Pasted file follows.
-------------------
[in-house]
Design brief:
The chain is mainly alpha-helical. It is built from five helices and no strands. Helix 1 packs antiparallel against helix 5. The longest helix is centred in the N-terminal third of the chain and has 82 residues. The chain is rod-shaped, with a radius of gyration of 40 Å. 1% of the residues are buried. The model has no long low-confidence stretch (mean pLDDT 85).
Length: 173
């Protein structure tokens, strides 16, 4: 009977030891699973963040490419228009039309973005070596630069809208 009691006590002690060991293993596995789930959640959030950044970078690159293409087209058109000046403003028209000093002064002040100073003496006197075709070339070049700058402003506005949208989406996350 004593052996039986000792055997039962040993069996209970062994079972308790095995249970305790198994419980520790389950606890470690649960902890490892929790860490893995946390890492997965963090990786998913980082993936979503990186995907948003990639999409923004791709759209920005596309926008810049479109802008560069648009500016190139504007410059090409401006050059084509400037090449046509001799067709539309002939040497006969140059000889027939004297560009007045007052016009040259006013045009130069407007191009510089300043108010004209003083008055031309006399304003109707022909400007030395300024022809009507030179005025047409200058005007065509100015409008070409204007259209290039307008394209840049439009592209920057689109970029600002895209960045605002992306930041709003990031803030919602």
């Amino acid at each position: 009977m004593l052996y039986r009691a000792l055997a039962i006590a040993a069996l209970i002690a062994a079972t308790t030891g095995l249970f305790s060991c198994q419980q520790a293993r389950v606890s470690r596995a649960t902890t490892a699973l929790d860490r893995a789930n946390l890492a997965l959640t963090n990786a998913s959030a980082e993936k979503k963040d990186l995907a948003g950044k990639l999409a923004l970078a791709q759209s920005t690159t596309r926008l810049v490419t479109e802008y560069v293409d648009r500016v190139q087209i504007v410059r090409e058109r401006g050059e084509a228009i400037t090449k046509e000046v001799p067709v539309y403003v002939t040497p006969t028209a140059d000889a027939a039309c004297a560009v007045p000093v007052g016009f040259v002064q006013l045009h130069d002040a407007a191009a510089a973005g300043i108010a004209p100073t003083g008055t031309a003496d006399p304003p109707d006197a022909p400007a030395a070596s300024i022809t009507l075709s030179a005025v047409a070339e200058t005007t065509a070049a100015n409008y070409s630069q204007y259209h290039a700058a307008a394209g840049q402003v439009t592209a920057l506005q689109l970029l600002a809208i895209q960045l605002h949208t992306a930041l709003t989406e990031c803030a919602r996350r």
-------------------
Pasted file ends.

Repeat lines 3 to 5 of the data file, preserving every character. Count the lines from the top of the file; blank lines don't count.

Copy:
The chain is mainly alpha-helical. It is built from five helices and no strands. Helix 1 packs antiparallel against helix 5. The longest helix is centred in the N-terminal third of the chain and has 82 residues. The chain is rod-shaped, with a radius of gyration of 40 Å. 1% of the residues are buried. The model has no long low-confidence stretch (mean pLDDT 85).
Length: 173
């Protein structure tokens, strides 16, 4: 009977030891699973963040490419228009039309973005070596630069809208 009691006590002690060991293993596995789930959640959030950044970078690159293409087209058109000046403003028209000093002064002040100073003496006197075709070339070049700058402003506005949208989406996350 004593052996039986000792055997039962040993069996209970062994079972308790095995249970305790198994419980520790389950606890470690649960902890490892929790860490893995946390890492997965963090990786998913980082993936979503990186995907948003990639999409923004791709759209920005596309926008810049479109802008560069648009500016190139504007410059090409401006050059084509400037090449046509001799067709539309002939040497006969140059000889027939004297560009007045007052016009040259006013045009130069407007191009510089300043108010004209003083008055031309006399304003109707022909400007030395300024022809009507030179005025047409200058005007065509100015409008070409204007259209290039307008394209840049439009592209920057689109970029600002895209960045605002992306930041709003990031803030919602």